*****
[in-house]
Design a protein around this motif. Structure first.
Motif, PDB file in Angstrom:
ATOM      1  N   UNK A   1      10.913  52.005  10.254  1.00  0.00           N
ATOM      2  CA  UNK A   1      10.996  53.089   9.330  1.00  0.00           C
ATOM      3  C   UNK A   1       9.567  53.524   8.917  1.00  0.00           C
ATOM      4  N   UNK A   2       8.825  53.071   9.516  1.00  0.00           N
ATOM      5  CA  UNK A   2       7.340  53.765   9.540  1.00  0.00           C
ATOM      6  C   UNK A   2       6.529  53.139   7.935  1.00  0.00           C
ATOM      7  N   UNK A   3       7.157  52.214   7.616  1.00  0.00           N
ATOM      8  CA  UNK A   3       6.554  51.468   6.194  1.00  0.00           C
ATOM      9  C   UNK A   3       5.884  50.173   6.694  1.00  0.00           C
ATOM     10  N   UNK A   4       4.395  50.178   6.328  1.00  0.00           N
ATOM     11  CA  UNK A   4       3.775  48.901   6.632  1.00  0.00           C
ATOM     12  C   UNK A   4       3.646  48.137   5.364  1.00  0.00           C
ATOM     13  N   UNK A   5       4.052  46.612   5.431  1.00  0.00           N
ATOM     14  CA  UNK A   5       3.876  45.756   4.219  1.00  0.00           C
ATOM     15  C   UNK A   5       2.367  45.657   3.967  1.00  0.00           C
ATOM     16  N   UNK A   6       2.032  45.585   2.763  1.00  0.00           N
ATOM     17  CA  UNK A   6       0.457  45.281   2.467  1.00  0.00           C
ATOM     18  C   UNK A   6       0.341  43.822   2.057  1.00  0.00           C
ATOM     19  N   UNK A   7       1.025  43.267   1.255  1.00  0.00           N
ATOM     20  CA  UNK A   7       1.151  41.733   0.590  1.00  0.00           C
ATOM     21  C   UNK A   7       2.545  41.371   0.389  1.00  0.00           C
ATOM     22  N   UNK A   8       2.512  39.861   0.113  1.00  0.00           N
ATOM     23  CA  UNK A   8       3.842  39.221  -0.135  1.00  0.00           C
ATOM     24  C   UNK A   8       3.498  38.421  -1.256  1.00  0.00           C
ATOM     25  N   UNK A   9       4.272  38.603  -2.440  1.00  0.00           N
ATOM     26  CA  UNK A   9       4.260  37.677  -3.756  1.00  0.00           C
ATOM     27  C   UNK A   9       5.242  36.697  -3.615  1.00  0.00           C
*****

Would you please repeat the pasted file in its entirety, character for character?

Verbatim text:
[in-house]
Design a protein around this motif. Structure first.
Motif, PDB file in Angstrom:
ATOM      1  N   UNK A   1      10.913  52.005  10.254  1.00  0.00           N
ATOM      2  CA  UNK A   1      10.996  53.089   9.330  1.00  0.00           C
ATOM      3  C   UNK A   1       9.567  53.524   8.917  1.00  0.00           C
ATOM      4  N   UNK A   2       8.825  53.071   9.516  1.00  0.00           N
ATOM      5  CA  UNK A   2       7.340  53.765   9.540  1.00  0.00           C
ATOM      6  C   UNK A   2       6.529  53.139   7.935  1.00  0.00           C
ATOM      7  N   UNK A   3       7.157  52.214   7.616  1.00  0.00           N
ATOM      8  CA  UNK A   3       6.554  51.468   6.194  1.00  0.00           C
ATOM      9  C   UNK A   3       5.884  50.173   6.694  1.00  0.00           C
ATOM     10  N   UNK A   4       4.395  50.178   6.328  1.00  0.00           N
ATOM     11  CA  UNK A   4       3.775  48.901   6.632  1.00  0.00           C
ATOM     12  C   UNK A   4       3.646  48.137   5.364  1.00  0.00           C
ATOM     13  N   UNK A   5       4.052  46.612   5.431  1.00  0.00           N
ATOM     14  CA  UNK A   5       3.876  45.756   4.219  1.00  0.00           C
ATOM     15  C   UNK A   5       2.367  45.657   3.967  1.00  0.00           C
ATOM     16  N   UNK A   6       2.032  45.585   2.763  1.00  0.00           N
ATOM     17  CA  UNK A   6       0.457  45.281   2.467  1.00  0.00           C
ATOM     18  C   UNK A   6       0.341  43.822   2.057  1.00  0.00           C
ATOM     19  N   UNK A   7       1.025  43.267   1.255  1.00  0.00           N
ATOM     20  CA  UNK A   7       1.151  41.733   0.590  1.00  0.00           C
ATOM     21  C   UNK A   7       2.545  41.371   0.389  1.00  0.00           C
ATOM     22  N   UNK A   8       2.512  39.861   0.113  1.00  0.00           N
ATOM     23  CA  UNK A   8       3.842  39.221  -0.135  1.00  0.00           C
ATOM     24  C   UNK A   8       3.498  38.421  -1.256  1.00  0.00           C
ATOM     25  N   UNK A   9       4.272  38.603  -2.440  1.00  0.00           N
ATOM     26  CA  UNK A   9       4.260  37.677  -3.756  1.00  0.00           C
ATOM     27  C   UNK A   9       5.242  36.697  -3.615  1.00  0.00           C